On paper, Enron had a model board of directors comprising predominantly outsiders with significant ownership stakes and a talented audit committee. In its 2000 review of best corporate boards, Chief Executive included Enron among its five best boards. Even with its complex corporate governance and network of intermediaries, Enron was still able to "attract large sums of capital to fund a questionable business model, conceal its true performance through a series of accounting and financing maneuvers, and hype its stock to unsustainable levels.":4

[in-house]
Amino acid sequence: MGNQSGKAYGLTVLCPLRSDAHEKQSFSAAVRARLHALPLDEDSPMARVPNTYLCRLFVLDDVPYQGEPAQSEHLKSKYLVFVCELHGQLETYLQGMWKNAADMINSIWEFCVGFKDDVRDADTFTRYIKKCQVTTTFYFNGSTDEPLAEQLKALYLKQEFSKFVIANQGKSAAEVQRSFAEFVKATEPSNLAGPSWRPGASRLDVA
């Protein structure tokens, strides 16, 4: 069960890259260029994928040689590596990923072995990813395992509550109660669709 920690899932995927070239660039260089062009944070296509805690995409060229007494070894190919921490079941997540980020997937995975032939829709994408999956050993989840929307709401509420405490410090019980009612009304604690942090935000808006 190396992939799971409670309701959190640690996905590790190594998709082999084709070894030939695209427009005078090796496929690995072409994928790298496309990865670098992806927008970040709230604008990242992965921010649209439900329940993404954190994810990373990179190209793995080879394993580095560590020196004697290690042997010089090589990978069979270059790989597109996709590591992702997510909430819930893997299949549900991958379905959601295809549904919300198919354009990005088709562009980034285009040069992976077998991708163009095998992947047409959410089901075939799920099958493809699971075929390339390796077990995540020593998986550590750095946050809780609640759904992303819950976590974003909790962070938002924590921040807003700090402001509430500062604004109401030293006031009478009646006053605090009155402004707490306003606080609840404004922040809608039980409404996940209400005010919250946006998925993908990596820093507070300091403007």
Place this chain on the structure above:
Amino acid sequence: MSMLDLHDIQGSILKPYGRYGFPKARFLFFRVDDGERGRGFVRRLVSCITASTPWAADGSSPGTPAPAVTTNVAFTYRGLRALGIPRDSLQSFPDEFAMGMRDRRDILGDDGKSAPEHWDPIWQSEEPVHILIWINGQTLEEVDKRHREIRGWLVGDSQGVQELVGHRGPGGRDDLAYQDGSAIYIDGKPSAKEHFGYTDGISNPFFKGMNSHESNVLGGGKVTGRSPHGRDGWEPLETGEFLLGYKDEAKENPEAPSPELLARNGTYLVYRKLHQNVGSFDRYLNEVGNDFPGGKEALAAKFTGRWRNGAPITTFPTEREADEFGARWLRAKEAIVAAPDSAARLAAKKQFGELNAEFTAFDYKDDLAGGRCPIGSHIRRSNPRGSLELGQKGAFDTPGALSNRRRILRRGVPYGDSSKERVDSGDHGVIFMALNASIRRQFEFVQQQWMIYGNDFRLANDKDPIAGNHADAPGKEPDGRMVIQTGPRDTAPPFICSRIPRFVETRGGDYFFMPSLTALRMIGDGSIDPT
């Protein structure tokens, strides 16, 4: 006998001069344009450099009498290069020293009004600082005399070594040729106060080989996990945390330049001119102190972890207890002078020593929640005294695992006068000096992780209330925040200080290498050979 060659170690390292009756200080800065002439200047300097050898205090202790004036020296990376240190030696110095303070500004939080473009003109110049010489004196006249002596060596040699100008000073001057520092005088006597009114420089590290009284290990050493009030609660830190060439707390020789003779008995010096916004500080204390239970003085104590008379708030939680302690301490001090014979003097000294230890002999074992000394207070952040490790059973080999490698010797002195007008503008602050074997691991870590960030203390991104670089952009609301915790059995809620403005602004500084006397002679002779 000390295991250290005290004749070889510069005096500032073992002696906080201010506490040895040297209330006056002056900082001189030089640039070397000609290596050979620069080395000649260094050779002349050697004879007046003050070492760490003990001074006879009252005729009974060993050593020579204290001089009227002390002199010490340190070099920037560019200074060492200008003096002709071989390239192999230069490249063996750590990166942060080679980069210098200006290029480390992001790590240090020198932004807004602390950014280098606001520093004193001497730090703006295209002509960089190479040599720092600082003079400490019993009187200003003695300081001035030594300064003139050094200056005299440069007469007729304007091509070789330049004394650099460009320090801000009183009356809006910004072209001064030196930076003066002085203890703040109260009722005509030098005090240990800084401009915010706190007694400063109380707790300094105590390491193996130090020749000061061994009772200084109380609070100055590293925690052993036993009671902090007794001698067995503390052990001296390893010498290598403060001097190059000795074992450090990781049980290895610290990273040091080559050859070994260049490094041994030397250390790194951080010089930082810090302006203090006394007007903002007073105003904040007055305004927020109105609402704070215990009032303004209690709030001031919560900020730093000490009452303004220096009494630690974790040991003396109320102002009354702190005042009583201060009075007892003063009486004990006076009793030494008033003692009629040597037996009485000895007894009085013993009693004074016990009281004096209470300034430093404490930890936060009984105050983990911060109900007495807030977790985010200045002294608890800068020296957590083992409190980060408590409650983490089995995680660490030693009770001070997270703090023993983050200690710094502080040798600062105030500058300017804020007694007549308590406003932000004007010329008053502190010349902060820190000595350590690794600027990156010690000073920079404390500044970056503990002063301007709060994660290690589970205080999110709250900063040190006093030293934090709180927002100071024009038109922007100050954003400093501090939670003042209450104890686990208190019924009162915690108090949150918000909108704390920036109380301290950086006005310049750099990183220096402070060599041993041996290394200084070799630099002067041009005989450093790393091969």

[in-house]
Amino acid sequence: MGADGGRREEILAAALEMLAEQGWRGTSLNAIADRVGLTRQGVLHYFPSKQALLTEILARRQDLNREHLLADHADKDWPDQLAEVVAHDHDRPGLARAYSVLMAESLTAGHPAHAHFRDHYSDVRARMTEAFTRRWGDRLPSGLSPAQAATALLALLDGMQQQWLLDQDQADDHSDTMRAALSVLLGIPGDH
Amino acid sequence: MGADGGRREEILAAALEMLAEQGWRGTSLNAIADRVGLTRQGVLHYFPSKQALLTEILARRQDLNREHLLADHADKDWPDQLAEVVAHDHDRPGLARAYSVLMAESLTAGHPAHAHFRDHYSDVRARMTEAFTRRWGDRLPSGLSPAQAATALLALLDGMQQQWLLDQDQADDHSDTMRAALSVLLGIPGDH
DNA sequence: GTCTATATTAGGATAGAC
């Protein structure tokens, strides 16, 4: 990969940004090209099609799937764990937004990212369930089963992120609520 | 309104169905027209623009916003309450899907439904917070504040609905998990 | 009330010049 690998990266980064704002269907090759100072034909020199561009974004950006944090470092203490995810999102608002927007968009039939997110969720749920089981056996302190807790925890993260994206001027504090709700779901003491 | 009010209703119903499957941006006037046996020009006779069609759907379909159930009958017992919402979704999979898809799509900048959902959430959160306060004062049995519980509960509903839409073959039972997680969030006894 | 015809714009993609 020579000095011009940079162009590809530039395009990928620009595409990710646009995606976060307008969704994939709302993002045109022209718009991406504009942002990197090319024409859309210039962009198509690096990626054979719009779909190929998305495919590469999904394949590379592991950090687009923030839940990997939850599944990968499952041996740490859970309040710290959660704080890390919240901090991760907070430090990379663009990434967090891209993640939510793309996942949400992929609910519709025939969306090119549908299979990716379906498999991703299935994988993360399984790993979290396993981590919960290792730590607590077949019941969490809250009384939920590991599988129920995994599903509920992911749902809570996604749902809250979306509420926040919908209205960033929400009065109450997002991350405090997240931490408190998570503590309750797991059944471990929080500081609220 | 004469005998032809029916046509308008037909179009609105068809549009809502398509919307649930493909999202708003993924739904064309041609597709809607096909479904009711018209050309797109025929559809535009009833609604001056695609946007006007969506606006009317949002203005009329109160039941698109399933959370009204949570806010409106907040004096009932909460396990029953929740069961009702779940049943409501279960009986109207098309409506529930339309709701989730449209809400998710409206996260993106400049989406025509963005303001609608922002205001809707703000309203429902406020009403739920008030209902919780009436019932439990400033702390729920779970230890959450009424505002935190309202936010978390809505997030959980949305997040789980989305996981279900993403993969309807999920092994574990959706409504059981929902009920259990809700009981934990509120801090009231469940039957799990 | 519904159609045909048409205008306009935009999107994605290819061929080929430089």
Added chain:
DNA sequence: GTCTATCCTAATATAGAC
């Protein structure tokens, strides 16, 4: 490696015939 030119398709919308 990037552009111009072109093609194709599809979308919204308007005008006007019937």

Although Enron's compensation and performance management system was designed to retain and reward its most valuable employees, the system contributed to a dysfunctional corporate culture that became obsessed with short-term earnings to maximize bonuses. Employees constantly tried to start deals, often disregarding the quality of cash flow or profits, in order to get a better rating for their performance review. Additionally, accounting results were recorded as soon as possible to keep up with the company's stock price. This practice helped ensure deal-makers and executives received large cash bonuses and stock options.:112